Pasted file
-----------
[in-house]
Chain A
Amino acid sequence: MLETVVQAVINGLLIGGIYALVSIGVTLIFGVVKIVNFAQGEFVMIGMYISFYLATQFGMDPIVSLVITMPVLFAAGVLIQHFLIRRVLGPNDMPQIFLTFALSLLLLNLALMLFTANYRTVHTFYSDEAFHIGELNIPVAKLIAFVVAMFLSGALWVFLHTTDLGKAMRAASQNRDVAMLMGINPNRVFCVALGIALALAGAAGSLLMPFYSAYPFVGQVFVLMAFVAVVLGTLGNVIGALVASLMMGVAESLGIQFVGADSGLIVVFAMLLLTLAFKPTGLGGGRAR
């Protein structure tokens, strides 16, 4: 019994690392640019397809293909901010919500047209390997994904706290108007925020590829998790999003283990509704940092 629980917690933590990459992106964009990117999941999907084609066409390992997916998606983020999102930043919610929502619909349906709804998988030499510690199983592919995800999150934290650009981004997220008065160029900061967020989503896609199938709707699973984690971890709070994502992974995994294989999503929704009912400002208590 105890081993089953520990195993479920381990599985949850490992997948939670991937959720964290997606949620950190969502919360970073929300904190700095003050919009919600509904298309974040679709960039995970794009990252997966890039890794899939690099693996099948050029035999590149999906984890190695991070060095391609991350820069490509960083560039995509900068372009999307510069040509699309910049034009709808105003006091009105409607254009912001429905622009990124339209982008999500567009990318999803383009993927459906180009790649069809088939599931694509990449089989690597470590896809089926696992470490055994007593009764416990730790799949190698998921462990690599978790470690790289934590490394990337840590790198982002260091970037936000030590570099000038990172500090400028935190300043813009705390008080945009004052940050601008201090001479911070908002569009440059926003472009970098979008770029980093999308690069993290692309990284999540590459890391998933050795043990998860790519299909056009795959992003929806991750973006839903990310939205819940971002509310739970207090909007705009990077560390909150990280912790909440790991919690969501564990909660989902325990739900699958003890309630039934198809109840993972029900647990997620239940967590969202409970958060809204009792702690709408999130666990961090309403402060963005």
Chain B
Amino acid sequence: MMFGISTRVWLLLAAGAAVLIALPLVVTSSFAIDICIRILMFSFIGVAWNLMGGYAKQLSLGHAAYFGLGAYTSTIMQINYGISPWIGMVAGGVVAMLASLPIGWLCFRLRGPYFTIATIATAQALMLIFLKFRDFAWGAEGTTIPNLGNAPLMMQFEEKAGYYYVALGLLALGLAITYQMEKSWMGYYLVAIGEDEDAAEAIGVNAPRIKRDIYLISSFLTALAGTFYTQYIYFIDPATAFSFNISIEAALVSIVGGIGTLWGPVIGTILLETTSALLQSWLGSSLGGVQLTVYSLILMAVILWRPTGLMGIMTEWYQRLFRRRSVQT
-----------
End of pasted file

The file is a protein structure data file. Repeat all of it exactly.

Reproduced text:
[in-house]
Chain A
Amino acid sequence: MLETVVQAVINGLLIGGIYALVSIGVTLIFGVVKIVNFAQGEFVMIGMYISFYLATQFGMDPIVSLVITMPVLFAAGVLIQHFLIRRVLGPNDMPQIFLTFALSLLLLNLALMLFTANYRTVHTFYSDEAFHIGELNIPVAKLIAFVVAMFLSGALWVFLHTTDLGKAMRAASQNRDVAMLMGINPNRVFCVALGIALALAGAAGSLLMPFYSAYPFVGQVFVLMAFVAVVLGTLGNVIGALVASLMMGVAESLGIQFVGADSGLIVVFAMLLLTLAFKPTGLGGGRAR
């Protein structure tokens, strides 16, 4: 019994690392640019397809293909901010919500047209390997994904706290108007925020590829998790999003283990509704940092 629980917690933590990459992106964009990117999941999907084609066409390992997916998606983020999102930043919610929502619909349906709804998988030499510690199983592919995800999150934290650009981004997220008065160029900061967020989503896609199938709707699973984690971890709070994502992974995994294989999503929704009912400002208590 105890081993089953520990195993479920381990599985949850490992997948939670991937959720964290997606949620950190969502919360970073929300904190700095003050919009919600509904298309974040679709960039995970794009990252997966890039890794899939690099693996099948050029035999590149999906984890190695991070060095391609991350820069490509960083560039995509900068372009999307510069040509699309910049034009709808105003006091009105409607254009912001429905622009990124339209982008999500567009990318999803383009993927459906180009790649069809088939599931694509990449089989690597470590896809089926696992470490055994007593009764416990730790799949190698998921462990690599978790470690790289934590490394990337840590790198982002260091970037936000030590570099000038990172500090400028935190300043813009705390008080945009004052940050601008201090001479911070908002569009440059926003472009970098979008770029980093999308690069993290692309990284999540590459890391998933050795043990998860790519299909056009795959992003929806991750973006839903990310939205819940971002509310739970207090909007705009990077560390909150990280912790909440790991919690969501564990909660989902325990739900699958003890309630039934198809109840993972029900647990997620239940967590969202409970958060809204009792702690709408999130666990961090309403402060963005």
Chain B
Amino acid sequence: MMFGISTRVWLLLAAGAAVLIALPLVVTSSFAIDICIRILMFSFIGVAWNLMGGYAKQLSLGHAAYFGLGAYTSTIMQINYGISPWIGMVAGGVVAMLASLPIGWLCFRLRGPYFTIATIATAQALMLIFLKFRDFAWGAEGTTIPNLGNAPLMMQFEEKAGYYYVALGLLALGLAITYQMEKSWMGYYLVAIGEDEDAAEAIGVNAPRIKRDIYLISSFLTALAGTFYTQYIYFIDPATAFSFNISIEAALVSIVGGIGTLWGPVIGTILLETTSALLQSWLGSSLGGVQLTVYSLILMAVILWRPTGLMGIMTEWYQRLFRRRSVQT